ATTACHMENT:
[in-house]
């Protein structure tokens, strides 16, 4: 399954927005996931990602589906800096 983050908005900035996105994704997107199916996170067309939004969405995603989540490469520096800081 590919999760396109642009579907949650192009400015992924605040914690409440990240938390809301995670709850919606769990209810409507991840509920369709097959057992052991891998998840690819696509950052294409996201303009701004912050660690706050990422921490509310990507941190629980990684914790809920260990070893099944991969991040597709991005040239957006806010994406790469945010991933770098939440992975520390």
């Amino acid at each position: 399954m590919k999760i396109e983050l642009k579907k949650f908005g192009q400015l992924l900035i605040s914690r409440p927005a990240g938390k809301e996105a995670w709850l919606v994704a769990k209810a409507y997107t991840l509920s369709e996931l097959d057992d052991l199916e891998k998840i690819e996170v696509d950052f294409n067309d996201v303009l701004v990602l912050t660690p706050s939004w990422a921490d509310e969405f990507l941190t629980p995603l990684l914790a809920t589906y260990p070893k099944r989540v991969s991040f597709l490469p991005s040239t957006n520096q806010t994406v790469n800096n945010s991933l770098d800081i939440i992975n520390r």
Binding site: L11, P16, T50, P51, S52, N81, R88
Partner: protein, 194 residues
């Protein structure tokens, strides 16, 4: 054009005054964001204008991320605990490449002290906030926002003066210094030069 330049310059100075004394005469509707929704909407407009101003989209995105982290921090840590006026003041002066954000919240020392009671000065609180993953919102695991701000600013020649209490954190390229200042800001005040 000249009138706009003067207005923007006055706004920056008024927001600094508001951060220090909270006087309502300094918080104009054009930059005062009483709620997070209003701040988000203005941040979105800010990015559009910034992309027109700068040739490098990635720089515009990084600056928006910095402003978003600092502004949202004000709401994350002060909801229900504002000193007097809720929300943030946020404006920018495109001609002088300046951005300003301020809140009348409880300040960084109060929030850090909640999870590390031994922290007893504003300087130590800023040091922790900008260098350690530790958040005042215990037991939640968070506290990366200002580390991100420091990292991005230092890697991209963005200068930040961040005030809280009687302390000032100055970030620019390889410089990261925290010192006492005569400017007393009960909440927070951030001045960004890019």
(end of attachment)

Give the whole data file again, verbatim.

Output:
[in-house]
């Protein structure tokens, strides 16, 4: 399954927005996931990602589906800096 983050908005900035996105994704997107199916996170067309939004969405995603989540490469520096800081 590919999760396109642009579907949650192009400015992924605040914690409440990240938390809301995670709850919606769990209810409507991840509920369709097959057992052991891998998840690819696509950052294409996201303009701004912050660690706050990422921490509310990507941190629980990684914790809920260990070893099944991969991040597709991005040239957006806010994406790469945010991933770098939440992975520390």
């Amino acid at each position: 399954m590919k999760i396109e983050l642009k579907k949650f908005g192009q400015l992924l900035i605040s914690r409440p927005a990240g938390k809301e996105a995670w709850l919606v994704a769990k209810a409507y997107t991840l509920s369709e996931l097959d057992d052991l199916e891998k998840i690819e996170v696509d950052f294409n067309d996201v303009l701004v990602l912050t660690p706050s939004w990422a921490d509310e969405f990507l941190t629980p995603l990684l914790a809920t589906y260990p070893k099944r989540v991969s991040f597709l490469p991005s040239t957006n520096q806010t994406v790469n800096n945010s991933l770098d800081i939440i992975n520390r």
Binding site: L11, P16, T50, P51, S52, N81, R88
Partner: protein, 194 residues
């Protein structure tokens, strides 16, 4: 054009005054964001204008991320605990490449002290906030926002003066210094030069 330049310059100075004394005469509707929704909407407009101003989209995105982290921090840590006026003041002066954000919240020392009671000065609180993953919102695991701000600013020649209490954190390229200042800001005040 000249009138706009003067207005923007006055706004920056008024927001600094508001951060220090909270006087309502300094918080104009054009930059005062009483709620997070209003701040988000203005941040979105800010990015559009910034992309027109700068040739490098990635720089515009990084600056928006910095402003978003600092502004949202004000709401994350002060909801229900504002000193007097809720929300943030946020404006920018495109001609002088300046951005300003301020809140009348409880300040960084109060929030850090909640999870590390031994922290007893504003300087130590800023040091922790900008260098350690530790958040005042215990037991939640968070506290990366200002580390991100420091990292991005230092890697991209963005200068930040961040005030809280009687302390000032100055970030620019390889410089990261925290010192006492005569400017007393009960909440927070951030001045960004890019």